Who in senior management would say that innovation is not important to their company? Indeed, after years of being constantly bombarded over the importance of innovation as a means of survival for companies, many have effectively taken the plunge and have undertaken innovation initiatives, either out of conviction or in following the latest fad. Many of those, unfortunately, have become disenchanted with the results after having “been there and done that”, having been left wondering how they failed and what they ought to do differently in future.
Consider that many companies have taken the trouble to invest sizeable amounts of time, effort and financial resources in providing their employees with creativeness training. Additionally, they have also worked hard to compile long lists of innovative ideas to be developed, both within and outside the company. Looking back, however, the end results have been, frankly speaking, discouraging, with only slight improvements in their product line-up in the best of cases. Predictably, the people who were involved in the innovation process become disappointed by having contributed ideas which never saw the light of day.
In other instances, companies have created innovation divisions to manage ideas, lend support to innovation processes in their different phases, do follow-up of indicators and act as an observatory for current trends. Once again, not only have outcomes not met expectations, but the bureaucratisation of innovation initiatives was daunting with endless unread reports on trends being churned out. And to make matters worse, innovation divisions would manage their own subsidies to justify their cost to the company, and when informing on innovation successes, these are, in reality, being achieved by the most dynamic and productive divisions of the company, those with the vision and ability in order to innovate.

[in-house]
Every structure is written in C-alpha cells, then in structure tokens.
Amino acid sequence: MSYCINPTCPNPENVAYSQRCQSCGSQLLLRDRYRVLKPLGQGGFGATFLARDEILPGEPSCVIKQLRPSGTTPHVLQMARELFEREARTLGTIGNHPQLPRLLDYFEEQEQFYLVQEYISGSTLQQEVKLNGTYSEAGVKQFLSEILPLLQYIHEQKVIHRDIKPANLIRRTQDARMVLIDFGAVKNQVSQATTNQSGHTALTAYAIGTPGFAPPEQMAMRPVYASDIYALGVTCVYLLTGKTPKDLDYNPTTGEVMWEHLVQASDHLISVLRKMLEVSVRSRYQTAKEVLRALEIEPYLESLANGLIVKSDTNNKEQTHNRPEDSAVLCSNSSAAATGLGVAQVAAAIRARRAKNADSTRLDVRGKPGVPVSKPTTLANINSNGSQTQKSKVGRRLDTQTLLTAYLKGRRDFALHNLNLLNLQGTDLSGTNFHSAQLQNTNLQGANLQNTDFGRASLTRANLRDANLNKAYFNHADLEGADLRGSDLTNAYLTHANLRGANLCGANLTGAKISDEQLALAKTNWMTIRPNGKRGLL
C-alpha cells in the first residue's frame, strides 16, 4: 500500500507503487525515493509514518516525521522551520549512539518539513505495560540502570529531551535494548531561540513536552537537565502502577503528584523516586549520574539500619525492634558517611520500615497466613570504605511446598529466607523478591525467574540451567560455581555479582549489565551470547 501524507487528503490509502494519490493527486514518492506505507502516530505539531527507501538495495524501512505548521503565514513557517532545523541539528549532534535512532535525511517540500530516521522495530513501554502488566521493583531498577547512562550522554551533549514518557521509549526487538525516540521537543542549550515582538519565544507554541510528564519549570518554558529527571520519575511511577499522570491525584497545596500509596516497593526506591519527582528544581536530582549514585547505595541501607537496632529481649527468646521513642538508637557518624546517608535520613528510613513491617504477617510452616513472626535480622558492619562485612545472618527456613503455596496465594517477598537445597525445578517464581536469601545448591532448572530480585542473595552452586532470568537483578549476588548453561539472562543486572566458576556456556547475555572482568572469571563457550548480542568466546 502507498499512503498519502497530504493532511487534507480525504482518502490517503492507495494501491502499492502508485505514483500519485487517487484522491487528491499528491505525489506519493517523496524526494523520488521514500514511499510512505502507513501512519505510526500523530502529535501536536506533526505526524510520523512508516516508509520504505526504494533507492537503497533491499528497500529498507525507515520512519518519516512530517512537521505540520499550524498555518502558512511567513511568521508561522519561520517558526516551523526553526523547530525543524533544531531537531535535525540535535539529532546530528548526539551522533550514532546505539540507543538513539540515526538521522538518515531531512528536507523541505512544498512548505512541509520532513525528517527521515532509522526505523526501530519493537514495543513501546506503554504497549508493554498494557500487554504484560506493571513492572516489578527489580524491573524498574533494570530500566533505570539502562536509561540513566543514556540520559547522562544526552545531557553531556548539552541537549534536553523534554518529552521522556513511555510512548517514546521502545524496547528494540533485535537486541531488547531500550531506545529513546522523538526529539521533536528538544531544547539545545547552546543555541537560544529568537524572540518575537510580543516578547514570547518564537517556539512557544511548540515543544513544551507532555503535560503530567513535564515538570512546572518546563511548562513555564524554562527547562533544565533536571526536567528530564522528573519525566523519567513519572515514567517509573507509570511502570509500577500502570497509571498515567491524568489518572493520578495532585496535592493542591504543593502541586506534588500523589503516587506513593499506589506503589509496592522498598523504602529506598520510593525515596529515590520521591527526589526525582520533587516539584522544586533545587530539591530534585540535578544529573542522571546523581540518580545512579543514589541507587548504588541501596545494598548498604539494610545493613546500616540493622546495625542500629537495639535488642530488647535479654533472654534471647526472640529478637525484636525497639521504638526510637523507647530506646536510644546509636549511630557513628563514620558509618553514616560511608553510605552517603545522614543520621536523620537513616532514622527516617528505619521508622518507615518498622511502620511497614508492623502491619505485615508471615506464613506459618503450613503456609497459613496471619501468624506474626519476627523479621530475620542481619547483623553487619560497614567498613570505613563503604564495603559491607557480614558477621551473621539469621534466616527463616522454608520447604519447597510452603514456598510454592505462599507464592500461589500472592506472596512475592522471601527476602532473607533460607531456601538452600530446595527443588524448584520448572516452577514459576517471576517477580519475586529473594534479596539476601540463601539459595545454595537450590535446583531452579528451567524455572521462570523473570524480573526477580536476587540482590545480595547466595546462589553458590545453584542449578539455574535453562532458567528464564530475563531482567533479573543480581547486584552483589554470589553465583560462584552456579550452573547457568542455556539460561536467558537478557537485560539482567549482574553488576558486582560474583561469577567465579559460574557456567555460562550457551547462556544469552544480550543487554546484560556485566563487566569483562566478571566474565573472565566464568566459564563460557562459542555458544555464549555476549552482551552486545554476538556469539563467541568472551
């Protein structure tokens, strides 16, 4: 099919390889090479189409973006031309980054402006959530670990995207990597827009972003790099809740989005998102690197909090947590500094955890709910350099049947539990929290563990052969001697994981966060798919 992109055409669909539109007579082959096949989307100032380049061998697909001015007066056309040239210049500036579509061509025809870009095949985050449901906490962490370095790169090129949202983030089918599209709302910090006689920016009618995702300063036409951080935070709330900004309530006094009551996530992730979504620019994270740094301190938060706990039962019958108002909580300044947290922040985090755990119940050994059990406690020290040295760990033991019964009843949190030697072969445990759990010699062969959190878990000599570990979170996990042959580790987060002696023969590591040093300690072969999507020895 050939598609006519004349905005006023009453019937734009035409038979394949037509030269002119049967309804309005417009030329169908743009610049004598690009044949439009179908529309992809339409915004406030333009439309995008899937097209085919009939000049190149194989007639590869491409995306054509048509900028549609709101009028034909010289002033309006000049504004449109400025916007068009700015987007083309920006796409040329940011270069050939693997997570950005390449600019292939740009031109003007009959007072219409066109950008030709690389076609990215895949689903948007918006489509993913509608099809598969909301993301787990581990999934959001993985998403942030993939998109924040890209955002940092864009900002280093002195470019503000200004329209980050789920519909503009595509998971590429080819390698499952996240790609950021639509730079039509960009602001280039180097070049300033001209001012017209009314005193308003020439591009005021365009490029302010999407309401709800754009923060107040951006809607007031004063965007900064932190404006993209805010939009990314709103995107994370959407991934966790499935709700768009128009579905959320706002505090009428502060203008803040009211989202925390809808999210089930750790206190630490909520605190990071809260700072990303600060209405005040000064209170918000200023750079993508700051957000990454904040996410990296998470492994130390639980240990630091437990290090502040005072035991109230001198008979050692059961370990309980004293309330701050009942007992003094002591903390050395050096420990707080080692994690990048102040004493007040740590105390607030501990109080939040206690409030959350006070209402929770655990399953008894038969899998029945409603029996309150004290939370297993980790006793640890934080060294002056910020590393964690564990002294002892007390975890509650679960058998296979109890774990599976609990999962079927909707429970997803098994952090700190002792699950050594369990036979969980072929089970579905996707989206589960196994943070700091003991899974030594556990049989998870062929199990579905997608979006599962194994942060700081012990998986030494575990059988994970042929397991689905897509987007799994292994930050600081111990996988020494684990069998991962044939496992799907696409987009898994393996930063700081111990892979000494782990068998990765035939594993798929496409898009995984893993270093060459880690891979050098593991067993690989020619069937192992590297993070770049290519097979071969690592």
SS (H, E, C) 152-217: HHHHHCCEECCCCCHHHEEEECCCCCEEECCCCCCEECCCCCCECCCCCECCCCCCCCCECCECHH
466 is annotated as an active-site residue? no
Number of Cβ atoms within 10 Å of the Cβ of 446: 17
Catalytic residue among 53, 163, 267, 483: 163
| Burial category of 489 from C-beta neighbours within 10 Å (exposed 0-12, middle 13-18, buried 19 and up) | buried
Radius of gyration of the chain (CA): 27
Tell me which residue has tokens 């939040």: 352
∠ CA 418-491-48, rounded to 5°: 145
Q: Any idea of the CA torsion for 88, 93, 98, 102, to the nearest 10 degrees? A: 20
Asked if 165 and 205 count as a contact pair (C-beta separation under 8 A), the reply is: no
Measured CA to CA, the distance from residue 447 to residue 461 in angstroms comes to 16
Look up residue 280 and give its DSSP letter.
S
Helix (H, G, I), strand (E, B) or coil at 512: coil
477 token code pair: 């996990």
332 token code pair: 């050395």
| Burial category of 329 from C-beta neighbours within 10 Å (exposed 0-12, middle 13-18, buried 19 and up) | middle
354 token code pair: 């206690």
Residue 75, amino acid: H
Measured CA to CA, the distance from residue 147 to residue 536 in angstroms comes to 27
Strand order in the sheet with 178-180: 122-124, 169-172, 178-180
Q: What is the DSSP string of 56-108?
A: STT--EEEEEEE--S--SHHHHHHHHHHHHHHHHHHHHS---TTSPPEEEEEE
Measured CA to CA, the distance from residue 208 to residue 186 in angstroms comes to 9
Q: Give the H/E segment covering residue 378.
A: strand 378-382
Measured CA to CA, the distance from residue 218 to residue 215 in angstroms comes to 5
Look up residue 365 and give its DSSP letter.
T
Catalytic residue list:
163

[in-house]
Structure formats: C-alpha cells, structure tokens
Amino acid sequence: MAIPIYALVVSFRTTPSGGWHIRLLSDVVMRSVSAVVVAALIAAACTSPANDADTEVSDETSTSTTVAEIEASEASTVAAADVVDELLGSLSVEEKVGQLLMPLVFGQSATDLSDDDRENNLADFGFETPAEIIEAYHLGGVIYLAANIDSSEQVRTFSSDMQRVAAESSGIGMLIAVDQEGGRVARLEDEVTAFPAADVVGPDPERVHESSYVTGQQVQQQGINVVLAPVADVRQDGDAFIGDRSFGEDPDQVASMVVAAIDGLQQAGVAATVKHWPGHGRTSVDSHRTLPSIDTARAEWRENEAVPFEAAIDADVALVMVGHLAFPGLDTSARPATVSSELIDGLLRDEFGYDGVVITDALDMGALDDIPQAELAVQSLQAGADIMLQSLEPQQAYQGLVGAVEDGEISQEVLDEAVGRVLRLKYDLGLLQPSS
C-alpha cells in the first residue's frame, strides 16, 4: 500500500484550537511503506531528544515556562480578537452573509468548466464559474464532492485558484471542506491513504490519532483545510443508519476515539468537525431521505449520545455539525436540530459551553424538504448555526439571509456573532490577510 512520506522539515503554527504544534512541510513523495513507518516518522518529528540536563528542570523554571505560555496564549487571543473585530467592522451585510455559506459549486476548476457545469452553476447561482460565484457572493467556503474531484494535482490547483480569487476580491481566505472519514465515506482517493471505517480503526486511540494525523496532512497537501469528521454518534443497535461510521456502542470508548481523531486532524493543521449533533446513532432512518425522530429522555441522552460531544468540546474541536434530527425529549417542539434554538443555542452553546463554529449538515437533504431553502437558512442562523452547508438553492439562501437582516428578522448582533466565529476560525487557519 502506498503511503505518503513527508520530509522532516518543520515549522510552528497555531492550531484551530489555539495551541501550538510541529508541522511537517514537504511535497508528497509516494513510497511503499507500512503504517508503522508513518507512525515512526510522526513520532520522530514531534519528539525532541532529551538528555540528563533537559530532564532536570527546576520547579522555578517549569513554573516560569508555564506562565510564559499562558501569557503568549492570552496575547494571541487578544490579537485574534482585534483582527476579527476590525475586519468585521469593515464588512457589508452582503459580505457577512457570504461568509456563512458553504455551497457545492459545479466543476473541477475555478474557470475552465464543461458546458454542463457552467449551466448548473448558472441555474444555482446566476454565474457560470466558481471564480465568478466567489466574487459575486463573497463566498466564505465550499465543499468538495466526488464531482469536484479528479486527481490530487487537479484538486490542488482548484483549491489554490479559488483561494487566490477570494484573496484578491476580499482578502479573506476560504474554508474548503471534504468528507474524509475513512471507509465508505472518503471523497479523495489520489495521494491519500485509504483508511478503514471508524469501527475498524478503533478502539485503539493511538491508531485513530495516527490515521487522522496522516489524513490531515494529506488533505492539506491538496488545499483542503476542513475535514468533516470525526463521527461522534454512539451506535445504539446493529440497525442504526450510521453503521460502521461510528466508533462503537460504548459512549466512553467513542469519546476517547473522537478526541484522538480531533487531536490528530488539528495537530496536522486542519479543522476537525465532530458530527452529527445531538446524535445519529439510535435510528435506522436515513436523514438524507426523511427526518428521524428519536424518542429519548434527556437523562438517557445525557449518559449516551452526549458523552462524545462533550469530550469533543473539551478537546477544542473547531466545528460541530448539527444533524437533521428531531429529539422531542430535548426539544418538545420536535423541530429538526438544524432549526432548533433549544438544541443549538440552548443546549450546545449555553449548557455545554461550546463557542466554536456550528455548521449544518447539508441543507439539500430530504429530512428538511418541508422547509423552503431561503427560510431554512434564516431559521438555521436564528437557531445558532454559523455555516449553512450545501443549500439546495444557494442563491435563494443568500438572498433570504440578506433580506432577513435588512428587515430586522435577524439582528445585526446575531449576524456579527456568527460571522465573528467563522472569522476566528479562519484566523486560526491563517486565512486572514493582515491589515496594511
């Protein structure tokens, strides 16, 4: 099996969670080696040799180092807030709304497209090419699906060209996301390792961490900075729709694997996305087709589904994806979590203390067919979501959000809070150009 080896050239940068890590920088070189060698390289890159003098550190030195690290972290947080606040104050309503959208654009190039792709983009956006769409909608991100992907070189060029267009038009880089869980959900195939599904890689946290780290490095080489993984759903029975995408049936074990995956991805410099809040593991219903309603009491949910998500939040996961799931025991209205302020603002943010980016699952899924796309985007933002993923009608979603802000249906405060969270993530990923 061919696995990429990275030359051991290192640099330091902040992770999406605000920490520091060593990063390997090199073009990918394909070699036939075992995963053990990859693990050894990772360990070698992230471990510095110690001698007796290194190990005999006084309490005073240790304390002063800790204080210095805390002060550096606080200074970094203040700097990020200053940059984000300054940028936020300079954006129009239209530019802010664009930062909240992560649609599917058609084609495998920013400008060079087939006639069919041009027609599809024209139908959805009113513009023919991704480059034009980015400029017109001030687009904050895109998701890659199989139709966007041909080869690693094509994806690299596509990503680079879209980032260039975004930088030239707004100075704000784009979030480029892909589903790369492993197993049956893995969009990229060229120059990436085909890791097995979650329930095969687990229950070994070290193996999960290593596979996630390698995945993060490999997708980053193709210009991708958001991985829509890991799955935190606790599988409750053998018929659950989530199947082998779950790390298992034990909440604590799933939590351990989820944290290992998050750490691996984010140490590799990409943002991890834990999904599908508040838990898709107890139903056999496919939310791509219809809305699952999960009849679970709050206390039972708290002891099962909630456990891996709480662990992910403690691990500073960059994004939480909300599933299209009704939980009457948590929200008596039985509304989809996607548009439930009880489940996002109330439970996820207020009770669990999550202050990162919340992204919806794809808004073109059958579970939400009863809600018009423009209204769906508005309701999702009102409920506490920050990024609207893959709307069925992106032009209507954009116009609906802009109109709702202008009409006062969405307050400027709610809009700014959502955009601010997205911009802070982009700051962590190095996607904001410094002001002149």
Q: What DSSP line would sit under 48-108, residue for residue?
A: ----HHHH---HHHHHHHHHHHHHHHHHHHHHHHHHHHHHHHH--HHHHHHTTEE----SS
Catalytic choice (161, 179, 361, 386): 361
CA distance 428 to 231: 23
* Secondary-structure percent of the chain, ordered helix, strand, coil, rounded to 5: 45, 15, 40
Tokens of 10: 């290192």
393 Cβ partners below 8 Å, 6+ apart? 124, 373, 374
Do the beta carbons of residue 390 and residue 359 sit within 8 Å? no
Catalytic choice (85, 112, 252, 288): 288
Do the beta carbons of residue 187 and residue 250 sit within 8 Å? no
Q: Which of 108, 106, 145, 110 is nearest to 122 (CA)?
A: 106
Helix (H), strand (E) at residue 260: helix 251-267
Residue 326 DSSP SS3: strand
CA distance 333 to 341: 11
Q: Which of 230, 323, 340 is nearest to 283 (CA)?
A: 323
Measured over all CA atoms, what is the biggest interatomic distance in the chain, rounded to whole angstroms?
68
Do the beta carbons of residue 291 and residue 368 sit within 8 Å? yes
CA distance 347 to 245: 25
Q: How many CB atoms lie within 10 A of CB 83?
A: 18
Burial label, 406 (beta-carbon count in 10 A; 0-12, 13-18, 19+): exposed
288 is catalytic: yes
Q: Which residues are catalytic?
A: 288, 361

We also see many companies setting up RD&i divisions with a strong technical profile, which in some cases are created solely because of public financial aid and tax-breaks. Sheltered from market pressures and free from the pressure of achieving results and meeting sales targets, these research divisions are ultimately unsuccessful in attaining innovations of any relevance for the company. They become, instead, isolated and disconnected from the rest of the company divisions, preferring to take a hands-on approach and manage innovation projects with much more dynamic teams of technicians, sales people, designers and managers and who develop the necessary collaborations on a case-by-case basis themselves.
So, now after years of failed innovation efforts, we are seeing many companies backtracking: they are either dropping programmes aimed at generating ideas, merging these RD&i divisions with other areas of the company, or closing them altogether. Nonetheless, three main conclusions can be drawn about having travelled down the innovation path and returned. The first lesson learned is that innovation is the sole responsibility of management which cannot be delegated to isolated units. Secondly, it is important to correctly choose a few objectives and then to commit to them fully. Finally, and most importantly, the fundamental keys to success are the agility and the right combination of a diversity of competencies and skill sets of all those involved in the process, inside and outside the company.
Written by Maria Astigarraga.
*Originally published in the “Basque Innovation Guide” by Estrategia Empresarial, 7/12/2012